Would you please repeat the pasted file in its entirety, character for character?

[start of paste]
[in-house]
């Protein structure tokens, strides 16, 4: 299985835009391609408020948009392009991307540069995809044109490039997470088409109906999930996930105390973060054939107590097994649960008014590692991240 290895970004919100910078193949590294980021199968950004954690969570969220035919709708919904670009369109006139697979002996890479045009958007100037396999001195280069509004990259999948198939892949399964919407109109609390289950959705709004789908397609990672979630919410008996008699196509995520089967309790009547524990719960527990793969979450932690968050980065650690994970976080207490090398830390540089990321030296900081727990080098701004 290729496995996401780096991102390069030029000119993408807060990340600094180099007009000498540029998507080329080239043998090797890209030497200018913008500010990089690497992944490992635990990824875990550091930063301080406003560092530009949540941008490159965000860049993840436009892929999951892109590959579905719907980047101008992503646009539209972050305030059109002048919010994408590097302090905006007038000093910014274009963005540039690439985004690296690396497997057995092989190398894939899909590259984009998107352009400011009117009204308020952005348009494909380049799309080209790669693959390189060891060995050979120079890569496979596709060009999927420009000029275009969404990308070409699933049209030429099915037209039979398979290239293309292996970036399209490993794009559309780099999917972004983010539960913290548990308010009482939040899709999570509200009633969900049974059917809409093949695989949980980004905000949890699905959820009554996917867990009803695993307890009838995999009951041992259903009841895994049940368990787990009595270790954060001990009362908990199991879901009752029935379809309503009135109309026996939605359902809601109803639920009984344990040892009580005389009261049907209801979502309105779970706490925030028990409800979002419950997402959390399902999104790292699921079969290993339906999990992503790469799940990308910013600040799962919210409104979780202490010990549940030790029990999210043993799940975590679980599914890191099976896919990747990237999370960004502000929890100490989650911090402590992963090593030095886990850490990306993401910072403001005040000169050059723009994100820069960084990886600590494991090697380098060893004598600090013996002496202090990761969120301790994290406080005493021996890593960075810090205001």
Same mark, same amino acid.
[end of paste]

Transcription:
[in-house]
């Protein structure tokens, strides 16, 4: 299985835009391609408020948009392009991307540069995809044109490039997470088409109906999930996930105390973060054939107590097994649960008014590692991240 290895970004919100910078193949590294980021199968950004954690969570969220035919709708919904670009369109006139697979002996890479045009958007100037396999001195280069509004990259999948198939892949399964919407109109609390289950959705709004789908397609990672979630919410008996008699196509995520089967309790009547524990719960527990793969979450932690968050980065650690994970976080207490090398830390540089990321030296900081727990080098701004 290729496995996401780096991102390069030029000119993408807060990340600094180099007009000498540029998507080329080239043998090797890209030497200018913008500010990089690497992944490992635990990824875990550091930063301080406003560092530009949540941008490159965000860049993840436009892929999951892109590959579905719907980047101008992503646009539209972050305030059109002048919010994408590097302090905006007038000093910014274009963005540039690439985004690296690396497997057995092989190398894939899909590259984009998107352009400011009117009204308020952005348009494909380049799309080209790669693959390189060891060995050979120079890569496979596709060009999927420009000029275009969404990308070409699933049209030429099915037209039979398979290239293309292996970036399209490993794009559309780099999917972004983010539960913290548990308010009482939040899709999570509200009633969900049974059917809409093949695989949980980004905000949890699905959820009554996917867990009803695993307890009838995999009951041992259903009841895994049940368990787990009595270790954060001990009362908990199991879901009752029935379809309503009135109309026996939605359902809601109803639920009984344990040892009580005389009261049907209801979502309105779970706490925030028990409800979002419950997402959390399902999104790292699921079969290993339906999990992503790469799940990308910013600040799962919210409104979780202490010990549940030790029990999210043993799940975590679980599914890191099976896919990747990237999370960004502000929890100490989650911090402590992963090593030095886990850490990306993401910072403001005040000169050059723009994100820069960084990886600590494991090697380098060893004598600090013996002496202090990761969120301790994290406080005493021996890593960075810090205001």
Same mark, same amino acid.